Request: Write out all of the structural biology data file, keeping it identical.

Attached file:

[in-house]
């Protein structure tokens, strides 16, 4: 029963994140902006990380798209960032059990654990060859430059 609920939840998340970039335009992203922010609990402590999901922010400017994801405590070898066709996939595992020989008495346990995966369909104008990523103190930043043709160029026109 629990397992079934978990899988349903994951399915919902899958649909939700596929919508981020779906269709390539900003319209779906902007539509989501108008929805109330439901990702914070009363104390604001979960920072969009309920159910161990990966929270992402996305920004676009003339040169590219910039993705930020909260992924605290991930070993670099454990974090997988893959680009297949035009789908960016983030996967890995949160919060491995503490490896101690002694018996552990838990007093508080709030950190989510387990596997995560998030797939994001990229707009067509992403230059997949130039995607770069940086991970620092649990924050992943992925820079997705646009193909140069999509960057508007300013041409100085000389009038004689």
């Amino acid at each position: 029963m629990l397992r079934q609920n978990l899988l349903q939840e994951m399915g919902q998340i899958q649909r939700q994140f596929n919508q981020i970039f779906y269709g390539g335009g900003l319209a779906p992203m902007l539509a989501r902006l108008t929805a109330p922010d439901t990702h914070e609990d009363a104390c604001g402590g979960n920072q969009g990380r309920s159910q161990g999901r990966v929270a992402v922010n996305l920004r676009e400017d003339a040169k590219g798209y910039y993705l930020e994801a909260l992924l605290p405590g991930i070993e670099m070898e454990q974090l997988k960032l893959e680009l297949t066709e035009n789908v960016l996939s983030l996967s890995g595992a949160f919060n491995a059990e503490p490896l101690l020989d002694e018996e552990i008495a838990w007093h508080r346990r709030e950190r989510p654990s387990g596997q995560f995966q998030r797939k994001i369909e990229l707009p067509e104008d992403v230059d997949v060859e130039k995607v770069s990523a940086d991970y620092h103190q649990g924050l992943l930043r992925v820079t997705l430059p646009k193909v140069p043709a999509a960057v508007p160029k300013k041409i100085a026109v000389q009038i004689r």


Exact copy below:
[in-house]
């Protein structure tokens, strides 16, 4: 029963994140902006990380798209960032059990654990060859430059 609920939840998340970039335009992203922010609990402590999901922010400017994801405590070898066709996939595992020989008495346990995966369909104008990523103190930043043709160029026109 629990397992079934978990899988349903994951399915919902899958649909939700596929919508981020779906269709390539900003319209779906902007539509989501108008929805109330439901990702914070009363104390604001979960920072969009309920159910161990990966929270992402996305920004676009003339040169590219910039993705930020909260992924605290991930070993670099454990974090997988893959680009297949035009789908960016983030996967890995949160919060491995503490490896101690002694018996552990838990007093508080709030950190989510387990596997995560998030797939994001990229707009067509992403230059997949130039995607770069940086991970620092649990924050992943992925820079997705646009193909140069999509960057508007300013041409100085000389009038004689």
């Amino acid at each position: 029963m629990l397992r079934q609920n978990l899988l349903q939840e994951m399915g919902q998340i899958q649909r939700q994140f596929n919508q981020i970039f779906y269709g390539g335009g900003l319209a779906p992203m902007l539509a989501r902006l108008t929805a109330p922010d439901t990702h914070e609990d009363a104390c604001g402590g979960n920072q969009g990380r309920s159910q161990g999901r990966v929270a992402v922010n996305l920004r676009e400017d003339a040169k590219g798209y910039y993705l930020e994801a909260l992924l605290p405590g991930i070993e670099m070898e454990q974090l997988k960032l893959e680009l297949t066709e035009n789908v960016l996939s983030l996967s890995g595992a949160f919060n491995a059990e503490p490896l101690l020989d002694e018996e552990i008495a838990w007093h508080r346990r709030e950190r989510p654990s387990g596997q995560f995966q998030r797939k994001i369909e990229l707009p067509e104008d992403v230059d997949v060859e130039k995607v770069s990523a940086d991970y620092h103190q649990g924050l992943l930043r992925v820079t997705l430059p646009k193909v140069p043709a999509a960057v508007p160029k300013k041409i100085a026109v000389q009038i004689r």